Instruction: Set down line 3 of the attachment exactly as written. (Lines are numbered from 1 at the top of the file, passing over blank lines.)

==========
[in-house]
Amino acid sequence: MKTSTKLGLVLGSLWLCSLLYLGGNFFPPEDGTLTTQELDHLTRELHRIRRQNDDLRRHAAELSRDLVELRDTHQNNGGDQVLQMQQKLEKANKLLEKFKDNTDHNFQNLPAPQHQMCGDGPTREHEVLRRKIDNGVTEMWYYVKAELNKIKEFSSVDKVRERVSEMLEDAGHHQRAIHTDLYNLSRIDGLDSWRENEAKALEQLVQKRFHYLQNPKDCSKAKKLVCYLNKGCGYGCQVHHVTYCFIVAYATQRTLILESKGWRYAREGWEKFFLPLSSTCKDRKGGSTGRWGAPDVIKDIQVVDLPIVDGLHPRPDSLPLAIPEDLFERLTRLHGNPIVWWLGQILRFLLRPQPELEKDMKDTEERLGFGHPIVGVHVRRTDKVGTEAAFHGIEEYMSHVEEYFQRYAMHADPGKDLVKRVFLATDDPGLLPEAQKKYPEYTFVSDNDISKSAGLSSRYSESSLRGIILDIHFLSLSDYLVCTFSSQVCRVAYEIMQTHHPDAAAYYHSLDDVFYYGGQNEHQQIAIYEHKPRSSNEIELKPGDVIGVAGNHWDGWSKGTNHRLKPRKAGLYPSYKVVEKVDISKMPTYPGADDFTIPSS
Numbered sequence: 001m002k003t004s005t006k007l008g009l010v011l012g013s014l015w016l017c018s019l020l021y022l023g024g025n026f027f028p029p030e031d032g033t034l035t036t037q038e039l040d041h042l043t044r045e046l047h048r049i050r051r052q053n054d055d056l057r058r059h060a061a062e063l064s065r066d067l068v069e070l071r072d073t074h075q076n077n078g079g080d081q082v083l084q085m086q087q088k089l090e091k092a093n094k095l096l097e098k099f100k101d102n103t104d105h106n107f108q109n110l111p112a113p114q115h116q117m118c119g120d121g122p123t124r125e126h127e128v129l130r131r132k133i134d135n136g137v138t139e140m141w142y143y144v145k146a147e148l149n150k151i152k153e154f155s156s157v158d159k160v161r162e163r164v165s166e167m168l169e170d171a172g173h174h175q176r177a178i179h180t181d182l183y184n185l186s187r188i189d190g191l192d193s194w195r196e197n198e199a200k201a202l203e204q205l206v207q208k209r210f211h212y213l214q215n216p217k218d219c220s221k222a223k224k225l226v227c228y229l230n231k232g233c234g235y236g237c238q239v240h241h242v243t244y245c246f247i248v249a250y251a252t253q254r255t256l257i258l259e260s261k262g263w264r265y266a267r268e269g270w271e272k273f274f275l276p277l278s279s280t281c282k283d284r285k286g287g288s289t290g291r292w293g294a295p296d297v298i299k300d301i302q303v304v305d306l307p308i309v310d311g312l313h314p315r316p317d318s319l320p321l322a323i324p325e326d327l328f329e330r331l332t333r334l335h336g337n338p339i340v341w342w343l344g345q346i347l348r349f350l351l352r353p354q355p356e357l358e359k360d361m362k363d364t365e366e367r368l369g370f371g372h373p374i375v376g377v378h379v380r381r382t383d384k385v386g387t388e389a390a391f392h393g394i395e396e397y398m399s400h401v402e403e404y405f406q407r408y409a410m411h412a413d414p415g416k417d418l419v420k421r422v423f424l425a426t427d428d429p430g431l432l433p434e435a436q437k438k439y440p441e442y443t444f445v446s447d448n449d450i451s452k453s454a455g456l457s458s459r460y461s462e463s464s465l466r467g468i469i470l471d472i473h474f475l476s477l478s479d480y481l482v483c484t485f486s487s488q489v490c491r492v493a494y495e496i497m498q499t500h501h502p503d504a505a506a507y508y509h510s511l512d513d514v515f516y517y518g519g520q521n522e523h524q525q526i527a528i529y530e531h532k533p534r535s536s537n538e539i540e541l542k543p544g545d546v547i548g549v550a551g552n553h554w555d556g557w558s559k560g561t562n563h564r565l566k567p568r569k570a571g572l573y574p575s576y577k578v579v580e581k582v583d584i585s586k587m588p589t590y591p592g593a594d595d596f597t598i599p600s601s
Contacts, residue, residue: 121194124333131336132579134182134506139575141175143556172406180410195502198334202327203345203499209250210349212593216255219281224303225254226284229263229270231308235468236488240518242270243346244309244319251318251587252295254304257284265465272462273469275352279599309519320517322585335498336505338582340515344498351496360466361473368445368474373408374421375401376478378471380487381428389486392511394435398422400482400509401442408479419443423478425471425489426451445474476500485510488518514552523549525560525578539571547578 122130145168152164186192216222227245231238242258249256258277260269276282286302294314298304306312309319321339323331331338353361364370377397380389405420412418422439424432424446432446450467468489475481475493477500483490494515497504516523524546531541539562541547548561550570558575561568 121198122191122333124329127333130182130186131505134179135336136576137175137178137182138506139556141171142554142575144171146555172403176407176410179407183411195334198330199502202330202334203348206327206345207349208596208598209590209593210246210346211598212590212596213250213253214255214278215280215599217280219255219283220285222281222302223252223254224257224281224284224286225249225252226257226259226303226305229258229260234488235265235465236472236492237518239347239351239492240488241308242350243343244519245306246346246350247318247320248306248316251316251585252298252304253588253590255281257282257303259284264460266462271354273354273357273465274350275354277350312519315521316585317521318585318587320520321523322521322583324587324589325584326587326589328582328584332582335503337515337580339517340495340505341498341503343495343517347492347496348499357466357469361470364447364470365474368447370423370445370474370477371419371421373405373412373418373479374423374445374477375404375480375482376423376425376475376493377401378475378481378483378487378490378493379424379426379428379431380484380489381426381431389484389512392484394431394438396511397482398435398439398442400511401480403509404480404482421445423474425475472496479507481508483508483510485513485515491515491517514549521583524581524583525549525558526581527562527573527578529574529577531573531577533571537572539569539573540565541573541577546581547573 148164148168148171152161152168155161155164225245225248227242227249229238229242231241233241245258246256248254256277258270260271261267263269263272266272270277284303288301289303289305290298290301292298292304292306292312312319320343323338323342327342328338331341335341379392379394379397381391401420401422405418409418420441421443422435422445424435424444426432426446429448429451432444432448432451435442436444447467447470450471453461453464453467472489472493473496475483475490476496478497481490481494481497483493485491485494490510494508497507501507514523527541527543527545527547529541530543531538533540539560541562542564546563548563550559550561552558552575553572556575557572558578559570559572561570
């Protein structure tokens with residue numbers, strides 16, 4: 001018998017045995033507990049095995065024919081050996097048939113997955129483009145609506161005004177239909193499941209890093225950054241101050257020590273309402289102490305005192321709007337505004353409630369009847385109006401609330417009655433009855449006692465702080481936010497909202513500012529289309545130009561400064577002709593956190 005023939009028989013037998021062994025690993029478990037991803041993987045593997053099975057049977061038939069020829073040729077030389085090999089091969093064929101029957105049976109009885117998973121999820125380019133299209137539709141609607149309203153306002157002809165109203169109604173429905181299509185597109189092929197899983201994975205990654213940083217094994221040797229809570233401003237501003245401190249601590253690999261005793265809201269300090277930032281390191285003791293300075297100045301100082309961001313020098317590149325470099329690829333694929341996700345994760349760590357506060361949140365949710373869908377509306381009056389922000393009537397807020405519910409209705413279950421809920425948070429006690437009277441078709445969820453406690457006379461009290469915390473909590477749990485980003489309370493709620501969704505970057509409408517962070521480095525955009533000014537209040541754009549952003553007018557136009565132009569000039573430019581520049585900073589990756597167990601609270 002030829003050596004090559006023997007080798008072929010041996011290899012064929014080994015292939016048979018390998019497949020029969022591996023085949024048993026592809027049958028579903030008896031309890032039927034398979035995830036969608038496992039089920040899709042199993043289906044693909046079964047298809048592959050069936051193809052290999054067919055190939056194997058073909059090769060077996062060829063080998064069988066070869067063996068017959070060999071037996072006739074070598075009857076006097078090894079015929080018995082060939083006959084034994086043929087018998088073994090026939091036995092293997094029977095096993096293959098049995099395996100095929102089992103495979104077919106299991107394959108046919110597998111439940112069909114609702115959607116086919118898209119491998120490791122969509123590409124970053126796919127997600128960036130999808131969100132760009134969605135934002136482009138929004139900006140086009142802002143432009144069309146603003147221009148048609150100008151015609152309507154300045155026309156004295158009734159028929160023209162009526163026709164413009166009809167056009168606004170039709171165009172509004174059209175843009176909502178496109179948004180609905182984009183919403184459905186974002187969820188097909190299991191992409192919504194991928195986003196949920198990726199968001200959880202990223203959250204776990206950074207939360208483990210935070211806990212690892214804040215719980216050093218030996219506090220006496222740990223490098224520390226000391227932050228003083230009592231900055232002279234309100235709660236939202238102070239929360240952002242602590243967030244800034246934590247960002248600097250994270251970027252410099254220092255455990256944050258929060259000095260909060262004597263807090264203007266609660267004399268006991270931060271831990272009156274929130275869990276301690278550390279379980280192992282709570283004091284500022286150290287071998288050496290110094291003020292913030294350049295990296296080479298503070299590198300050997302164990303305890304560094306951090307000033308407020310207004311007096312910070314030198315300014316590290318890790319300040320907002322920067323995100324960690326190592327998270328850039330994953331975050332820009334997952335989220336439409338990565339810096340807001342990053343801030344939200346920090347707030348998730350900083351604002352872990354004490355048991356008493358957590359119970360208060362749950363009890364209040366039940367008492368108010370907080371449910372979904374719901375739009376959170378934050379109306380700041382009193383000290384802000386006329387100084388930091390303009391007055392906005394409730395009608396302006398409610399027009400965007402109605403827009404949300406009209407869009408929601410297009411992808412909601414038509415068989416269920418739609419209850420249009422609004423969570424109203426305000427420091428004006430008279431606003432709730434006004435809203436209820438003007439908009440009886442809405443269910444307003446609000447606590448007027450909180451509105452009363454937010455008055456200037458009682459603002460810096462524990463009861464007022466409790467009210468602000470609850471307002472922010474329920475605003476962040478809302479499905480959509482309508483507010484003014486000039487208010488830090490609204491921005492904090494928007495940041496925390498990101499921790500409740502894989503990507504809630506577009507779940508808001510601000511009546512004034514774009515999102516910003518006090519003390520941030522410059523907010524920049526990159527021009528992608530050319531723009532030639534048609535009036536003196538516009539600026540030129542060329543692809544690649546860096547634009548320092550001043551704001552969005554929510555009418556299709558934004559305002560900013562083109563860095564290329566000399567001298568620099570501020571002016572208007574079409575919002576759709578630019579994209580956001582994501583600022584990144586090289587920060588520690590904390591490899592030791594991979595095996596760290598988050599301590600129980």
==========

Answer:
Numbered sequence: 001m002k003t004s005t006k007l008g009l010v011l012g013s014l015w016l017c018s019l020l021y022l023g024g025n026f027f028p029p030e031d032g033t034l035t036t037q038e039l040d041h042l043t044r045e046l047h048r049i050r051r052q053n054d055d056l057r058r059h060a061a062e063l064s065r066d067l068v069e070l071r072d073t074h075q076n077n078g079g080d081q082v083l084q085m086q087q088k089l090e091k092a093n094k095l096l097e098k099f100k101d102n103t104d105h106n107f108q109n110l111p112a113p114q115h116q117m118c119g120d121g122p123t124r125e126h127e128v129l130r131r132k133i134d135n136g137v138t139e140m141w142y143y144v145k146a147e148l149n150k151i152k153e154f155s156s157v158d159k160v161r162e163r164v165s166e167m168l169e170d171a172g173h174h175q176r177a178i179h180t181d182l183y184n185l186s187r188i189d190g191l192d193s194w195r196e197n198e199a200k201a202l203e204q205l206v207q208k209r210f211h212y213l214q215n216p217k218d219c220s221k222a223k224k225l226v227c228y229l230n231k232g233c234g235y236g237c238q239v240h241h242v243t244y245c246f247i248v249a250y251a252t253q254r255t256l257i258l259e260s261k262g263w264r265y266a267r268e269g270w271e272k273f274f275l276p277l278s279s280t281c282k283d284r285k286g287g288s289t290g291r292w293g294a295p296d297v298i299k300d301i302q303v304v305d306l307p308i309v310d311g312l313h314p315r316p317d318s319l320p321l322a323i324p325e326d327l328f329e330r331l332t333r334l335h336g337n338p339i340v341w342w343l344g345q346i347l348r349f350l351l352r353p354q355p356e357l358e359k360d361m362k363d364t365e366e367r368l369g370f371g372h373p374i375v376g377v378h379v380r381r382t383d384k385v386g387t388e389a390a391f392h393g394i395e396e397y398m399s400h401v402e403e404y405f406q407r408y409a410m411h412a413d414p415g416k417d418l419v420k421r422v423f424l425a426t427d428d429p430g431l432l433p434e435a436q437k438k439y440p441e442y443t444f445v446s447d448n449d450i451s452k453s454a455g456l457s458s459r460y461s462e463s464s465l466r467g468i469i470l471d472i473h474f475l476s477l478s479d480y481l482v483c484t485f486s487s488q489v490c491r492v493a494y495e496i497m498q499t500h501h502p503d504a505a506a507y508y509h510s511l512d513d514v515f516y517y518g519g520q521n522e523h524q525q526i527a528i529y530e531h532k533p534r535s536s537n538e539i540e541l542k543p544g545d546v547i548g549v550a551g552n553h554w555d556g557w558s559k560g561t562n563h564r565l566k567p568r569k570a571g572l573y574p575s576y577k578v579v580e581k582v583d584i585s586k587m588p589t590y591p592g593a594d595d596f597t598i599p600s601s